10.12.2011

another round of gnnnnaarrrrrgh!

Can i hazard a guess that it's universally annoying to all to know that one is right, but can't do a thing about it? Patients are lovely like that. they revive random sentiments every so often, just to keep me on my toes. Just yesterday, I had to talk to a 40 year old housewife in Mandarin to explain why her distal radius fracture really needs surgery.

Despite explaining that:
  • her bones would heal in about 6 weeks regardless of surgery
  • she would continue to have improving levels of pain until her bones healed
  • we would give her medications through the drip and tablets to control her pain
  • her arm would be out of action for the next 6 weeks until her bones healed
  • she would have poor function if her bones healed in a not-so-ideal position like they're in now
  • she may not have pain now, but may experience pain in the future with unsatisfactory positioning of the pieces
  • she will have no guarantee of finding an orthopod who will perform the required surgery up in sydney, let alone guarantee that the surgery will proceed at the latest, tomorrow
  • she doesn't even know where to find an orthopod
  • any number of friends she's got, unless they're in the medical system, will not even come close to getting her near an orthopod in Sydney (I was also thinking that it would prolly help if she had some English speaking friends in an English-based country but kept that thought to myself)
  • she is already fasted for more than 6 hours and is technically ready to go to theaters
  • she could be home in sydney by tomorrow afternoon if all goes well
  • she is lucky there wasn't much trauma on in theaters and we could fit her in within the next few hours
  • we don't advocate operations just because we like cutting people open and we have nothing better to do (shush, all you naysayers! *waits for the ortho-bashing*)


We traced lines and angles on her xrays to explain. We got her friend to explain (after we went through the above again in Mandarin because, much to my dismay, her friend couldn't speak English either. URGH!). We showed her what normal bone alignment was supposed to be like and what hers looked like. She obviously got it because there was a lot of tsk-tsking and shaking of her head along with her gasps.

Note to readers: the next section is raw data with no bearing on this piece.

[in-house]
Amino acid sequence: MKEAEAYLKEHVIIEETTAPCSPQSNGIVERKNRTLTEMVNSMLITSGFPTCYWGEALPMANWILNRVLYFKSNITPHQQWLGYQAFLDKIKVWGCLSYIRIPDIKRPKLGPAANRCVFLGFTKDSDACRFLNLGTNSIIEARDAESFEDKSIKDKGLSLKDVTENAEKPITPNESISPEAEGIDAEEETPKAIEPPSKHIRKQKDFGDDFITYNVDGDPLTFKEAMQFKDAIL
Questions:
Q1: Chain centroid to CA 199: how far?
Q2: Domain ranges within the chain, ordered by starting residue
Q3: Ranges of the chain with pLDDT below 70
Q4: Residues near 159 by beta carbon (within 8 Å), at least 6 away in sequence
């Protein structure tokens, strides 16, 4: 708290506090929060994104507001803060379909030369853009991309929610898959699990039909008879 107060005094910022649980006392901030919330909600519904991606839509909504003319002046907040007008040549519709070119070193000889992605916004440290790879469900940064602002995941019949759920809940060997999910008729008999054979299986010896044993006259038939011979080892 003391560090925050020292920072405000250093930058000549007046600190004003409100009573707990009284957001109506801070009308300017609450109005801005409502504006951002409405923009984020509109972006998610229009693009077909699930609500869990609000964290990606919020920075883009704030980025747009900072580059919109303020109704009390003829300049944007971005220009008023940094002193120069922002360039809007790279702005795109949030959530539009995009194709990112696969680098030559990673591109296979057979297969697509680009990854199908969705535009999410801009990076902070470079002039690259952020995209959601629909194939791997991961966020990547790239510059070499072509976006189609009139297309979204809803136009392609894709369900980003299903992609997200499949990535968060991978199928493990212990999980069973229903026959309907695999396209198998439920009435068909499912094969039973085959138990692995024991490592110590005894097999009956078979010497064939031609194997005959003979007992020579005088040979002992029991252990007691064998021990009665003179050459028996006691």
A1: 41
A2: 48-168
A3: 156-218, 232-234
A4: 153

And despite all that..



The lady refused surgery. 
And for what reason?


She was paiseh. Really, lady. You would rather live with a broken wrist that would very likely continue to collapse and shift in position (especially after you refuse a backslab because you were scared of pain) and cause you functional problems in the future, besides the possibility of pain and future corrective surgery or wrist fusion. You would rather live with that because you were too shy or polite or whatever you call it for not wanting to bother your friends by staying an extra night because you were only meant to stay one night. Really, lady? Really?


So, I got a bit shitty with her. I was right! She knew it just as well as I did. She knew I was being so persistent as her advocate, so she kept thanking me. That really made me more mad. I told her to stop thanking me because it wasn't going to help her wrist return to normal function. And then I launched into the consequences of declining surgery, making sure she understood them all. She said she did. Then she would start to thank me again. We went in circles and it drove me mad. My Aussie colleague could only roll her eyes as she figured out the gist of it without needing to understand a word of Chinese. Because nobody was happy, we got an ED intern that could speak Mandarin to reiterate everything again just to make sure the lady wasn't being daft because of my linguistic skills, or lack of.


By then, my colleague and I had had it. Why the hell were we wasting time with an obstinate idiot who obviously values "face" to avoid any "shame" (such as walking out with a backslab) more than her well-being, or that of her family's. So we left it at that and told her that ultimately, it was her body, her choice but she had to be put in a backslab as basic fracture management.


Imagine my surprise when I saw her name on the pre-op patient list this morning!!
She had some sense of self-preservation after all! Yay, there's hope.. but boo, she made me work for it dammit!

No comments: